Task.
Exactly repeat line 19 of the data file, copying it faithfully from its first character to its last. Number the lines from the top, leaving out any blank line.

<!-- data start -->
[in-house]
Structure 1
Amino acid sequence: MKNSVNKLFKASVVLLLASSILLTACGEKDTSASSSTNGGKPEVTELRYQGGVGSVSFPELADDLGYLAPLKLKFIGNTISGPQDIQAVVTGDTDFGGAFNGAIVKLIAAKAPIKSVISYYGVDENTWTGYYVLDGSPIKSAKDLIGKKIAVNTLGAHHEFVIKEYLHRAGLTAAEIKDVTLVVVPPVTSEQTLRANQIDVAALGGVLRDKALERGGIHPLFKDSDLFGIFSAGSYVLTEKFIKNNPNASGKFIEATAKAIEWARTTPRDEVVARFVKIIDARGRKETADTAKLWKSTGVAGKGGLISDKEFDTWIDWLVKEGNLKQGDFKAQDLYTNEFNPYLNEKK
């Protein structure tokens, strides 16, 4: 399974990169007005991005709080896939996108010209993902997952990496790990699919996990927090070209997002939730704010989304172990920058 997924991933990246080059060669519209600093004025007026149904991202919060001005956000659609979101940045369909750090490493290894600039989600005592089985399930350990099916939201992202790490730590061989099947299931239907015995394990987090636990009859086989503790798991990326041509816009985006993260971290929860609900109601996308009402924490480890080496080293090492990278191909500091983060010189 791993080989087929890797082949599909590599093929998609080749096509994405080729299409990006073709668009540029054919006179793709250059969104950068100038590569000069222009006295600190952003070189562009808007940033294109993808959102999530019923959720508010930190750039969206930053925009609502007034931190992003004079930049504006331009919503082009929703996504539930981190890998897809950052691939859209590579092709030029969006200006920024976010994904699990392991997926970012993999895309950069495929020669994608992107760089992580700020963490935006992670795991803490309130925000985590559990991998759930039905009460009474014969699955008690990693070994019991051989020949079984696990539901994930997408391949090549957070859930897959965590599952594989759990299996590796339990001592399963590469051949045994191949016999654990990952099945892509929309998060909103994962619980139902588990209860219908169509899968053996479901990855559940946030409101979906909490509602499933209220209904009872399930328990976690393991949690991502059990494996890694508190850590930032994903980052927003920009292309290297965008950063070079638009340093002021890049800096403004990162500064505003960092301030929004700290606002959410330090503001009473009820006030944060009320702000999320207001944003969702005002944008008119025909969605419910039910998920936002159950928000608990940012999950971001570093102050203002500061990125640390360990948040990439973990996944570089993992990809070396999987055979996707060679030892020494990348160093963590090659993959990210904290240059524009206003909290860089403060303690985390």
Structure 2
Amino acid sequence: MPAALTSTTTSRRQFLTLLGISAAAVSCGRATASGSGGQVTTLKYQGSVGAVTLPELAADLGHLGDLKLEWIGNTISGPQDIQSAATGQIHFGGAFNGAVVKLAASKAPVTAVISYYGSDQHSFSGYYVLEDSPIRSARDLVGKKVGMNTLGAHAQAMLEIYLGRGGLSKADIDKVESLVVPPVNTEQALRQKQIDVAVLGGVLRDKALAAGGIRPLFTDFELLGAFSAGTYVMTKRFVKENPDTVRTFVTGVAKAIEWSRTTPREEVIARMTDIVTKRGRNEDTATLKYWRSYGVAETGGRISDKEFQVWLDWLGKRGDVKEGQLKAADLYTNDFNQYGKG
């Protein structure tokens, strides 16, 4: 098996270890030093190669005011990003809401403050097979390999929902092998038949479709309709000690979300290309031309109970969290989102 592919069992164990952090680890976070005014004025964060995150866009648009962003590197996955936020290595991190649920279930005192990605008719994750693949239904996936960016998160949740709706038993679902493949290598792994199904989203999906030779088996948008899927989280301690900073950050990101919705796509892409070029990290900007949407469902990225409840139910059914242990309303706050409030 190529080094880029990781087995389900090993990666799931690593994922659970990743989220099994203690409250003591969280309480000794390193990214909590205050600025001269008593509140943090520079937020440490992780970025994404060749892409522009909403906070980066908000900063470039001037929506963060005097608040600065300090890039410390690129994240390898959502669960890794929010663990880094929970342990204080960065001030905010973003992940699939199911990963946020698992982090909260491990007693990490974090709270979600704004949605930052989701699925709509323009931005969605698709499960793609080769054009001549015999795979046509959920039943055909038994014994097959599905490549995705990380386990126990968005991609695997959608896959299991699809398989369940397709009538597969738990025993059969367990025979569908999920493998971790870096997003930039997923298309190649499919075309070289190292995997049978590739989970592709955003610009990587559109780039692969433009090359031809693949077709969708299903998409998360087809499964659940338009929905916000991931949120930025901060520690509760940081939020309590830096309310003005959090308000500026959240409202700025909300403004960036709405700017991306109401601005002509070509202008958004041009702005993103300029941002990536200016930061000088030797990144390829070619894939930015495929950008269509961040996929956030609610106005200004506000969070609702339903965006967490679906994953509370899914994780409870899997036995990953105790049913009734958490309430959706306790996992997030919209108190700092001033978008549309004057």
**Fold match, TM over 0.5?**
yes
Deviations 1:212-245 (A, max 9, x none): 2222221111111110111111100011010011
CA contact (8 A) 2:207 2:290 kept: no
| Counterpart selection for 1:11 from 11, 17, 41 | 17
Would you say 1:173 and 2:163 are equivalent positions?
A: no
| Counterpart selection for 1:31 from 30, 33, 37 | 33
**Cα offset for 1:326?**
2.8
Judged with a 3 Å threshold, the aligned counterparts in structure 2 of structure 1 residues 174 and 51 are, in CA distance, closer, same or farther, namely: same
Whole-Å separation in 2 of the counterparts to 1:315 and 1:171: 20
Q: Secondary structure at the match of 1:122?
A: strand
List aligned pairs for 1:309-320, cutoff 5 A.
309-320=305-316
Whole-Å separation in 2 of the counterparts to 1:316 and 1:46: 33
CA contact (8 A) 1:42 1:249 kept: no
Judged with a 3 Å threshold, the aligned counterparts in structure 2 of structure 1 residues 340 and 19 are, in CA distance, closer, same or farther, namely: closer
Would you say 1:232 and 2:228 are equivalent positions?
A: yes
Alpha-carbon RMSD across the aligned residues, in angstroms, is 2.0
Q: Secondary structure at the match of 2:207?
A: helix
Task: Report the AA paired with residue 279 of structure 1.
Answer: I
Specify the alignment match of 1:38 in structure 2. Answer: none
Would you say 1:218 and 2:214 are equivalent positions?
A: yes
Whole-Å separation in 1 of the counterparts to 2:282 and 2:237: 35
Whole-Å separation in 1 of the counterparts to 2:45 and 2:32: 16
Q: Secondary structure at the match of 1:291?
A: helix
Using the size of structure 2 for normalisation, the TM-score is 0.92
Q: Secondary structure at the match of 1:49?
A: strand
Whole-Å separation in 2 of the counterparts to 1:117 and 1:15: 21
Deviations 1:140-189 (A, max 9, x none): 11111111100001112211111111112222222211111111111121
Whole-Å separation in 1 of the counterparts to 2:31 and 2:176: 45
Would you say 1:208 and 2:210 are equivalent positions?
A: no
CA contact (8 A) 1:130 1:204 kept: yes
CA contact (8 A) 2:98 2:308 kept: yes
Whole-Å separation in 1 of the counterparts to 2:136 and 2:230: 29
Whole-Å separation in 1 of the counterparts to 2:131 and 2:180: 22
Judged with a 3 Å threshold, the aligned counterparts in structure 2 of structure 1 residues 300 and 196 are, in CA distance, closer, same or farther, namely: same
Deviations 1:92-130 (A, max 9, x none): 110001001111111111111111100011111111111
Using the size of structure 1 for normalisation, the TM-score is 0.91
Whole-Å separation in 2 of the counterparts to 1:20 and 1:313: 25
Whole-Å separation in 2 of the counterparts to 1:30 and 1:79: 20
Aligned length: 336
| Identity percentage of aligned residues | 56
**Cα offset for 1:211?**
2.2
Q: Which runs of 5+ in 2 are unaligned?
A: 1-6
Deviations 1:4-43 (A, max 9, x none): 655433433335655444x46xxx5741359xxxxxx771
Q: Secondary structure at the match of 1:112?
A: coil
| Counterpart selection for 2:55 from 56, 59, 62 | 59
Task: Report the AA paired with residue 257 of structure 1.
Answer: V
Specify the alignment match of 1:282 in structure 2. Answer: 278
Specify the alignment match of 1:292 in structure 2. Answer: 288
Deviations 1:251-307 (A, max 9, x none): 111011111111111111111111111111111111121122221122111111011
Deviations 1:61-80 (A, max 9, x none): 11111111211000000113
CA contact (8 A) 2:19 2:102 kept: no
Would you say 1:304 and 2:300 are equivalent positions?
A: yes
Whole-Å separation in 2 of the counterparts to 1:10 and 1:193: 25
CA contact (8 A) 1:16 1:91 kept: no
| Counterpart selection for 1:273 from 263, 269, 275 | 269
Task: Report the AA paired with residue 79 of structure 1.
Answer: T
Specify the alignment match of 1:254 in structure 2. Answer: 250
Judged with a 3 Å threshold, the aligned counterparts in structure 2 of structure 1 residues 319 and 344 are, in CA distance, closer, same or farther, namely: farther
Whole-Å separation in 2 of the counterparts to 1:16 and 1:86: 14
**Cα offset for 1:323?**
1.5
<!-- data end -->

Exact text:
Whole-Å separation in 2 of the counterparts to 1:315 and 1:171: 20